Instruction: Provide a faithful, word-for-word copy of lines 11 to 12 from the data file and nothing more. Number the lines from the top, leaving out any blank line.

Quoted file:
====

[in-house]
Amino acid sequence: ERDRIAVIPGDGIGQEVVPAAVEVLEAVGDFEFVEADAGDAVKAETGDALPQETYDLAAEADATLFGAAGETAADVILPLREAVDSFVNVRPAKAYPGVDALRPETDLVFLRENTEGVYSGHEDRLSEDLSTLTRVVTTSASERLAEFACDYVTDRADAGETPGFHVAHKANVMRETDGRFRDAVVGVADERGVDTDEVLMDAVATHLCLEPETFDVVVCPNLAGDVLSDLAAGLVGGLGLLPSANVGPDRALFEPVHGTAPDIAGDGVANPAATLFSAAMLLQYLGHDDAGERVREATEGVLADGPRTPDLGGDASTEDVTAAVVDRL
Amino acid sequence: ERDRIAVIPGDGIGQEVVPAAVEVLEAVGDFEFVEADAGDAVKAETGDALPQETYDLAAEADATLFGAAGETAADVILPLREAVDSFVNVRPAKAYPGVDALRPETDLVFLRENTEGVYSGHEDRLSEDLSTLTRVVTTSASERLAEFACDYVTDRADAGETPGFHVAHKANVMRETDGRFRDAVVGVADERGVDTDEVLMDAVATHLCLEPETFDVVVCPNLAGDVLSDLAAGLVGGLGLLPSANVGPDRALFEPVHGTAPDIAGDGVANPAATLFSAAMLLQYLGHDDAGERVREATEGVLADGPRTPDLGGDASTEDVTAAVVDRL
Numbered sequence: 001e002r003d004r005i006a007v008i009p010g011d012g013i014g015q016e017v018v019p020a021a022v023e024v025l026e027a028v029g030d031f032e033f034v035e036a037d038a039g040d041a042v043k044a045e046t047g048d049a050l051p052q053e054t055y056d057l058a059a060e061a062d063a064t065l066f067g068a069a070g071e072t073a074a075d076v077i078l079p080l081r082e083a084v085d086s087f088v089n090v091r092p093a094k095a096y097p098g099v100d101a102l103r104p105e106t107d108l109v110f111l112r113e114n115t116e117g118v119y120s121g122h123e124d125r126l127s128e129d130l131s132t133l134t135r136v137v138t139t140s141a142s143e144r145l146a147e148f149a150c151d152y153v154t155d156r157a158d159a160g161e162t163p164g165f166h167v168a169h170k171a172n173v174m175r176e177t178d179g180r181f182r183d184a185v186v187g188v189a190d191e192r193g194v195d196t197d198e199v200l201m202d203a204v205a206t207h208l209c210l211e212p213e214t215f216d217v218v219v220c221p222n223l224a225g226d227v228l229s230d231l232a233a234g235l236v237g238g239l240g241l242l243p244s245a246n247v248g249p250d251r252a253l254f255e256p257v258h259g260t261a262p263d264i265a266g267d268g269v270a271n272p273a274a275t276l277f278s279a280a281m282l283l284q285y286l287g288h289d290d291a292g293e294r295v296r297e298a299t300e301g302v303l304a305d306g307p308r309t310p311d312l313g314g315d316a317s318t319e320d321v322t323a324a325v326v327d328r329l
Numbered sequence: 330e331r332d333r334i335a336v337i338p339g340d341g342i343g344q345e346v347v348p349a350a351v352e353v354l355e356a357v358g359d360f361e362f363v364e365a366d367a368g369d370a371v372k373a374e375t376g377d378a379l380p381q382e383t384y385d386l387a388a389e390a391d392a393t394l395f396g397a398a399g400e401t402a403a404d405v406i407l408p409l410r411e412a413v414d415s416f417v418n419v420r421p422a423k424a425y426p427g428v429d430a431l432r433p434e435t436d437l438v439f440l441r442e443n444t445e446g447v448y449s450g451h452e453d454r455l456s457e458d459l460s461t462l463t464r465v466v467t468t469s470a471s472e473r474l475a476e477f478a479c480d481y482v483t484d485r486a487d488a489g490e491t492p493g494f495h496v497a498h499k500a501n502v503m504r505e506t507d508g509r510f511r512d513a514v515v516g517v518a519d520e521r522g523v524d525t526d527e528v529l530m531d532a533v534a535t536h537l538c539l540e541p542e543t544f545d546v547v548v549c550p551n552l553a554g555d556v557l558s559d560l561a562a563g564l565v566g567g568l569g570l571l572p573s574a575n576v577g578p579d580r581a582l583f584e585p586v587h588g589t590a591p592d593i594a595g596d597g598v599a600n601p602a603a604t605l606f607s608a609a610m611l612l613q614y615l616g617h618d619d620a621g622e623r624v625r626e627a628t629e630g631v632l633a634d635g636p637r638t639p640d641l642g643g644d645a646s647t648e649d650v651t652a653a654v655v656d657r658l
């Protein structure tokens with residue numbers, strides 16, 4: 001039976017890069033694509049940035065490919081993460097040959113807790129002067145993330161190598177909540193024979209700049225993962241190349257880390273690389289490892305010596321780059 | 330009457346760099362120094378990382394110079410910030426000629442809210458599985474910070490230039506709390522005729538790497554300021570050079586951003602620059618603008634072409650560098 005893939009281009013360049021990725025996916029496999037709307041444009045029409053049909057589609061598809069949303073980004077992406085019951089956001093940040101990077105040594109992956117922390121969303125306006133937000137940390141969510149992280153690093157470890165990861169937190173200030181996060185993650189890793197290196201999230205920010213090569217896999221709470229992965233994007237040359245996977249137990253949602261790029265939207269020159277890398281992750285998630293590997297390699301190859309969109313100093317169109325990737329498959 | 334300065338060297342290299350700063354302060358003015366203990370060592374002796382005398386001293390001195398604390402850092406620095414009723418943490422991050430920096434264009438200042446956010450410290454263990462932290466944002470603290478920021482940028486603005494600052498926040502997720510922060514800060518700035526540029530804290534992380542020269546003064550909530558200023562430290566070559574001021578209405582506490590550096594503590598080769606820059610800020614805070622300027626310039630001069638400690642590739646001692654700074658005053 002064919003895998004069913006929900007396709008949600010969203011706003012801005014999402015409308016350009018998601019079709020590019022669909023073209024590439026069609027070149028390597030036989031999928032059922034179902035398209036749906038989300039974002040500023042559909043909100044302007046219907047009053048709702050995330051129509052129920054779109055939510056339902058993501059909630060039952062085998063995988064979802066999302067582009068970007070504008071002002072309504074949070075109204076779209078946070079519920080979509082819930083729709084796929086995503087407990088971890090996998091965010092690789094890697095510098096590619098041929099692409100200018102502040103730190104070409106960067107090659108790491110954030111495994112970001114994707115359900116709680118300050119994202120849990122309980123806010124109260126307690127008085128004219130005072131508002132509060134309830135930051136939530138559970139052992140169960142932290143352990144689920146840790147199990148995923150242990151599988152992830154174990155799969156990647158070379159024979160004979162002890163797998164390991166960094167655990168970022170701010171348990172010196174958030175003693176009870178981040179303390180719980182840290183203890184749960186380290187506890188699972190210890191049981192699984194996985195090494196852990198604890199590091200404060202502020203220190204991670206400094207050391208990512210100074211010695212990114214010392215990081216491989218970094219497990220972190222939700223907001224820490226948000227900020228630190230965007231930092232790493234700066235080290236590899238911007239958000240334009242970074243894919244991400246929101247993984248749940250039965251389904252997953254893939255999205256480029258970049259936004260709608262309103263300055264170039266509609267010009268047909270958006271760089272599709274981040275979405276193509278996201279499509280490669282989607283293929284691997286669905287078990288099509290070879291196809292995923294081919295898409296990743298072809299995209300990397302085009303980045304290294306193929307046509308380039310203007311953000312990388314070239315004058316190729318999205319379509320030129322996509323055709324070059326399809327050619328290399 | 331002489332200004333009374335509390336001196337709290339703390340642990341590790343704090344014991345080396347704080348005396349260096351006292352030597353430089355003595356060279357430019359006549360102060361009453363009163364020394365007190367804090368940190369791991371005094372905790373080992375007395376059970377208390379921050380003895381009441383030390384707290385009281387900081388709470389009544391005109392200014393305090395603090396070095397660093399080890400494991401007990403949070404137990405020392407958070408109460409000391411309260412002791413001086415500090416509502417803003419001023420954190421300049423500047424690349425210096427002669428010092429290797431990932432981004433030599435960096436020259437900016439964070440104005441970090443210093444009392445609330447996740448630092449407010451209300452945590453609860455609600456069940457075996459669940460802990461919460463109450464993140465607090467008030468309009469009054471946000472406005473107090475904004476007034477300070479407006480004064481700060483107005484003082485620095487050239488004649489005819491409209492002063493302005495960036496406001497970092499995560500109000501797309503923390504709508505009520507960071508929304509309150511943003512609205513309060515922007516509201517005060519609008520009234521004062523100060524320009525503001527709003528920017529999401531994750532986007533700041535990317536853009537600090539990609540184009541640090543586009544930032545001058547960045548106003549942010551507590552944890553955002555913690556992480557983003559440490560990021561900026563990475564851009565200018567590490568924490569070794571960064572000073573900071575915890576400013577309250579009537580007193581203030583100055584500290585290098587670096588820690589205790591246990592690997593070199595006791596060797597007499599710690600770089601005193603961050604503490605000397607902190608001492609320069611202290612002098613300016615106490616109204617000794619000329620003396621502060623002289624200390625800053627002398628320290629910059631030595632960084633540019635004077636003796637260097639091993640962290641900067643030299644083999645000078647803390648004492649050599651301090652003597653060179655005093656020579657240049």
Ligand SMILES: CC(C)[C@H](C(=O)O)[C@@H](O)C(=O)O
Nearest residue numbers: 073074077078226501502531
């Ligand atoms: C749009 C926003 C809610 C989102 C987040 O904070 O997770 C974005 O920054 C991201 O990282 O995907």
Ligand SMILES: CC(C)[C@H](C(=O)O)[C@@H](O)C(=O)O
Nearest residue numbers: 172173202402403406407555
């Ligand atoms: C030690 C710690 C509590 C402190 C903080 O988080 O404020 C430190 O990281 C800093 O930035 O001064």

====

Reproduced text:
Nearest residue numbers: 172173202402403406407555
């Ligand atoms: C030690 C710690 C509590 C402190 C903080 O988080 O404020 C430190 O990281 C800093 O930035 O001064």